Airports are facing a fiscal crisis, yet government programs have provided little lift to falling revenue and increased safety costs.
After being decimated by 90 per cent drops in passenger volume between March and November 2020, it appeared as if the aviation sector would finally get the direct government support it needed. The federal fall economic statement (FES) promised a range of remedies, including enhanced funding for small airports and rent relief for larger airports. A government-led forum for business leaders, the Industry Strategy Council, took it further, calling for longer- term support and innovative approaches to restart travel. Unfortunately, airports are still in a holding pattern, as the federal government does not seem to want to engage with its operators on a long-term plan for viability and competitiveness.
Starting with the positive, the FES outlined $686 million for airport infrastructure and $186 million over two years for the Airports Capital Assistance Program (ACAP), which helps maintain runways, purchase emergency/snow equipment and invest in other safety infrastructure. The program requires that airports provide a matching contribution of up to 50 per cent. However, since many of these airports have run through their cash reserves to survive, they have no cash to contribute.
According to internal member surveys conducted by the Canadian Airports Council (CAC), these funds fall well short of what is required. Our aggregate numbers show Canada’s airports will need $1.8 billion for safety, security and transit projects that are in the works or planned. These initiatives include runway-end safety areas (RESAs), which will reduce the risk of damage to planes should they over or undershoot the runway. RESAs are mandated by federal regulation and will cost an estimated $225 million nationally.
Another example of how current measurers fall short is that the federal government is providing $500 million for safety, security and transit at large airports, but one project alone already exceeds that amount. The train station for Montréal-Trudeau International Airport will cost $600 million, as mentioned in the FES. An additional $500 million is needed to extend it less than one kilometre to VIA Rail’s inter-city line.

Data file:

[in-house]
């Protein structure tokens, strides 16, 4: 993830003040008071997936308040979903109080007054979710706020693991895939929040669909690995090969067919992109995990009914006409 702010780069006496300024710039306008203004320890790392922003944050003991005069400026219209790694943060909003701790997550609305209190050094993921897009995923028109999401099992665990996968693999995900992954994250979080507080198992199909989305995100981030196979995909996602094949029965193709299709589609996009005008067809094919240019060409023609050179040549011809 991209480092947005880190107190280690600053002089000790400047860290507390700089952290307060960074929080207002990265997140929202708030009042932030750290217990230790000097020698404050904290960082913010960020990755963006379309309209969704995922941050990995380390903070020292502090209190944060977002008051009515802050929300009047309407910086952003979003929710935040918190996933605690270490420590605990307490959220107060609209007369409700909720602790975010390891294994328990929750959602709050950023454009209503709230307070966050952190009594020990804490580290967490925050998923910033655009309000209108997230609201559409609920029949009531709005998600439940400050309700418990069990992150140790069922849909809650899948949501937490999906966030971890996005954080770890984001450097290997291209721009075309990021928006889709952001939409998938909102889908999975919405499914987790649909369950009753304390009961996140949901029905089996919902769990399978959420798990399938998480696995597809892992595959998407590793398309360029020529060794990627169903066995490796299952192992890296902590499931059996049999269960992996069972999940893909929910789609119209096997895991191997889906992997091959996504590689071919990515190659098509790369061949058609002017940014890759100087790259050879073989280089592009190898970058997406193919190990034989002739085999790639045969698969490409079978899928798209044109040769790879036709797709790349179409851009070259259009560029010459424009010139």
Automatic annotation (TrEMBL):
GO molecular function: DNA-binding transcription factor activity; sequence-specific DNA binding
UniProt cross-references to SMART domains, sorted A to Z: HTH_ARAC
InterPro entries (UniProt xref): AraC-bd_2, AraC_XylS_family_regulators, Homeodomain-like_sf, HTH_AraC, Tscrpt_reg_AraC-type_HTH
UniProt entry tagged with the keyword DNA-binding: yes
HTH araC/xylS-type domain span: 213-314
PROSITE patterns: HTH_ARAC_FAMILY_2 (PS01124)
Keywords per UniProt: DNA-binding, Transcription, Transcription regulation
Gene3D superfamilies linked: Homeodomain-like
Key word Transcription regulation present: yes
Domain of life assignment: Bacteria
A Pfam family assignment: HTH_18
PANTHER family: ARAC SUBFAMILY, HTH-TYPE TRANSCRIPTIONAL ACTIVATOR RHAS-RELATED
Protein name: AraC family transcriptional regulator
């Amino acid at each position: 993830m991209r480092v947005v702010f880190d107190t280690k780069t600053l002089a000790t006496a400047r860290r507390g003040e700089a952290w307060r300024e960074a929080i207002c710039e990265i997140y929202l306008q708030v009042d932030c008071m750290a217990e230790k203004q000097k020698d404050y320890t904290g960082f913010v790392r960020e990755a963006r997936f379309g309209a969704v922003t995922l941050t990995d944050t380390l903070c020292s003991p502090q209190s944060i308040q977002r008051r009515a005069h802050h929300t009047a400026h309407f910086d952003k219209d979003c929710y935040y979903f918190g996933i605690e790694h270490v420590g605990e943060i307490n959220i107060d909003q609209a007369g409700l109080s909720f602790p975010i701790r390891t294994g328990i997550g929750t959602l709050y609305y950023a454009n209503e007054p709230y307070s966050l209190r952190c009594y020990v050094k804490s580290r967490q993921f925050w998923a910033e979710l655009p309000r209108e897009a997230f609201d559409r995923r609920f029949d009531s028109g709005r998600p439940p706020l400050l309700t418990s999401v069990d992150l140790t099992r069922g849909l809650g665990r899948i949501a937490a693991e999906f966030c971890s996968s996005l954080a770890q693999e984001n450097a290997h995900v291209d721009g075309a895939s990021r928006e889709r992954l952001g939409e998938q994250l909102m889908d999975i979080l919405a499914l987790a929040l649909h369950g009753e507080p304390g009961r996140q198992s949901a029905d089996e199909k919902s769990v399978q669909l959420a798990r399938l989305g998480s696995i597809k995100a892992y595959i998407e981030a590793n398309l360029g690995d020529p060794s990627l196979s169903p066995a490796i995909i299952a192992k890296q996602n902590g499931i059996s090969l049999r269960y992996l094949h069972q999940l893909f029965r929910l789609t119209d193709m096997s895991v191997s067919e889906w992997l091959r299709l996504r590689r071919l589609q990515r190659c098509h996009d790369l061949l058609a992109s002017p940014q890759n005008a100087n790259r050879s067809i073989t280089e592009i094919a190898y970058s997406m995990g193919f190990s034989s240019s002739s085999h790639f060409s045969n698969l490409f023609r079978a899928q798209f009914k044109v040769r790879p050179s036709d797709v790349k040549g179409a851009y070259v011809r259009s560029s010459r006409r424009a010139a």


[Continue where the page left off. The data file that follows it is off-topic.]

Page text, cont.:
According to the fall economic statement, air-sector workers have received $1.4 billion through the Canada Emergency Wage Subsidy (CEWS), but the CAC’s own review suggests much of this went to pay people to stay home in the early days of the pandemic. While an important tool to help individual Canadians, CEWS goes only so far with passenger traffic hovering at zero to 20 per cent of normal levels since March. As an example, one of our smaller airports has been losing $250,000 a month. The wage subsidy provided only one-fifth of that, at $50,000 a month. Meanwhile, municipal airports in Kelowna, Abbotsford and dozens of small communities are ineligible for CEWS and other federal COVID-19 programs simply because they are owned by municipal governments.
The Highly Affected Sectors Credit Availability Program may be helpful for very small airports through loans of up to $1 million. The Regional Air Transportation Initiative will provide $206 million “to support regional air transportation” through regional development agencies, but details are unavailable and funds will surely be shared with airlines also in need.
Of the Canadian Airports Council’s 54 member airports, the federal government is deferring or waving ground rent for 22 of the busiest – the privately operated airports within the National Airports System (NAS). The government owns these airports while private, not-for-profit airport authorities operate them under long-term leases. These NAS airports must cover all operating and capital costs. They have invested more than $30 billion since 1992 to maintain and upgrade their infrastructure, providing the ability for Canadian air carriers to improve services. Better retail, food and other businesses were provided for travellers, and these maximize our airports’ commercial potential. Infrastructure is typically funded without government assistance, using revenues from operations and airport improvement fees (AIFs) paid for by travellers.